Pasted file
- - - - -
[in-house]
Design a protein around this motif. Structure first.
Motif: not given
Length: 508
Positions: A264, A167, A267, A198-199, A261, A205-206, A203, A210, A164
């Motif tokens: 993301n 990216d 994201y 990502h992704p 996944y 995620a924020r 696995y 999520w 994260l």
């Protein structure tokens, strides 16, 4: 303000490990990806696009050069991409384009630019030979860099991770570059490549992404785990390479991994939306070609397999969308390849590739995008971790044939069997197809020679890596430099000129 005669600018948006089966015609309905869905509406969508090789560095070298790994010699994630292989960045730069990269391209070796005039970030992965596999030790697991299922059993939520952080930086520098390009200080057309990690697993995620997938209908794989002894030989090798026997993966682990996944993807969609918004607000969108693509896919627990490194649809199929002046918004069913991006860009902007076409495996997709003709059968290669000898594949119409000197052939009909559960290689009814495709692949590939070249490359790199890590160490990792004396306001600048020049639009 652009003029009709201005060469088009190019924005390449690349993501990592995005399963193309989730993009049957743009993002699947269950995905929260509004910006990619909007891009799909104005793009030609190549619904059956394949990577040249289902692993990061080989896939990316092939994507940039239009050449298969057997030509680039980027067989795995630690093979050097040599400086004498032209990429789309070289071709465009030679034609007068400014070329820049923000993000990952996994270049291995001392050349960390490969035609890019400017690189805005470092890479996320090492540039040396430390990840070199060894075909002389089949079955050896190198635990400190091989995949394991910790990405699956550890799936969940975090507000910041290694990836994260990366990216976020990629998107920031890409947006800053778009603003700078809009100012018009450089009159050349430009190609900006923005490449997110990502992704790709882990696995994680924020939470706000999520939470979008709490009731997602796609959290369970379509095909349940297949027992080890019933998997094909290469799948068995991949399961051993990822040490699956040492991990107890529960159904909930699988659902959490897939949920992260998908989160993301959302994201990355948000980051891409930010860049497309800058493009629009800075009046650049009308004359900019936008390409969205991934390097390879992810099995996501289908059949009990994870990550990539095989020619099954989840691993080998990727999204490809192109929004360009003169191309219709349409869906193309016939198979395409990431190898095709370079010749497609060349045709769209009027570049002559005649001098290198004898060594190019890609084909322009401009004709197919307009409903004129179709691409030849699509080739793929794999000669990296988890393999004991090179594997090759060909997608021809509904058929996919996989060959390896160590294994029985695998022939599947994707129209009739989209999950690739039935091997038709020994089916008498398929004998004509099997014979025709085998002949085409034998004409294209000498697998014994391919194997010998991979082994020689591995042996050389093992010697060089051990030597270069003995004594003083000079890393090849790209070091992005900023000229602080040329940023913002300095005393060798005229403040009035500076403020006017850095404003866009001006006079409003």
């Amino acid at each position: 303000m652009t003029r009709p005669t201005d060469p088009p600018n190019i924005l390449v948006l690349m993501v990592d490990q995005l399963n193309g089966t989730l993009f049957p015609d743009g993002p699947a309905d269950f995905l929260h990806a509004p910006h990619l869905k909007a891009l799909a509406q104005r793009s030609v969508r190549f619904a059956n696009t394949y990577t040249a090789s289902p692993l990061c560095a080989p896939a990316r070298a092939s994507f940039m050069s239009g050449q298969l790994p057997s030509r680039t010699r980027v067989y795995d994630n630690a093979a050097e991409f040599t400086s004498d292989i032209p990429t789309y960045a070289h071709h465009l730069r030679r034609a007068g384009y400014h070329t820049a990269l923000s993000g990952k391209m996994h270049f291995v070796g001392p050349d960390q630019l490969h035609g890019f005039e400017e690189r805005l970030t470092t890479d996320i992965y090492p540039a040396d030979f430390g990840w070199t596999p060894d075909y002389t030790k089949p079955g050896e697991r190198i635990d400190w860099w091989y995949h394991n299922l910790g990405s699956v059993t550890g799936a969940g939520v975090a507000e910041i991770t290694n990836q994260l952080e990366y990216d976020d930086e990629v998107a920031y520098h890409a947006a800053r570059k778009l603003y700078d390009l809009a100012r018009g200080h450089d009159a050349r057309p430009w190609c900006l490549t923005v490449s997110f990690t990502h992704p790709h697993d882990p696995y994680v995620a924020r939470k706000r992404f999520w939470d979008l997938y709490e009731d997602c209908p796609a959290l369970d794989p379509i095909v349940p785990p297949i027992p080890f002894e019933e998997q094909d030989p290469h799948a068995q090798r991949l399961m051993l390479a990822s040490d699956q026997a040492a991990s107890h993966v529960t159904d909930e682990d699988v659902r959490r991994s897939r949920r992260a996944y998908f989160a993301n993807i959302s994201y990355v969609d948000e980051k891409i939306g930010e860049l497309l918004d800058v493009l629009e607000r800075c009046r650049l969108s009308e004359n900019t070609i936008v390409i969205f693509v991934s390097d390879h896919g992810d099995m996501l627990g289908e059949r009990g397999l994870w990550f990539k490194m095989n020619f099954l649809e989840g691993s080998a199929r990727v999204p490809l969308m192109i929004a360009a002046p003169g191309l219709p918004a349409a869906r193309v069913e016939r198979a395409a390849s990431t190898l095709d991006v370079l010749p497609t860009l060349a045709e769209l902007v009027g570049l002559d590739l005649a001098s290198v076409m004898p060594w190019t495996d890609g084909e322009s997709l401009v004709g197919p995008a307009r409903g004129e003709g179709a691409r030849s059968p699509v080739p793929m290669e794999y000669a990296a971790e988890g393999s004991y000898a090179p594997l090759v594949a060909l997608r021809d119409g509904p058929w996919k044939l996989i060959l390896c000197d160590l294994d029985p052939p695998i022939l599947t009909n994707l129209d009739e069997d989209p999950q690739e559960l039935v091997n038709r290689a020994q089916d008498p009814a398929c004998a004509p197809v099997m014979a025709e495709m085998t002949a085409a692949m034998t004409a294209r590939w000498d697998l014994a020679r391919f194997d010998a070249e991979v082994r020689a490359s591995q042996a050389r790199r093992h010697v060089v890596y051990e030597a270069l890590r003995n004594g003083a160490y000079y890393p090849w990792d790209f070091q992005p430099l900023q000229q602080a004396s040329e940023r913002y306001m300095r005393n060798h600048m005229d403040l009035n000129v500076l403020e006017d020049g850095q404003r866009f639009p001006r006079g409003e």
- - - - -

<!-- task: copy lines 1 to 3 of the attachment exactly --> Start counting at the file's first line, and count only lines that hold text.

[in-house]
Design a protein around this motif. Structure first.
Motif: not given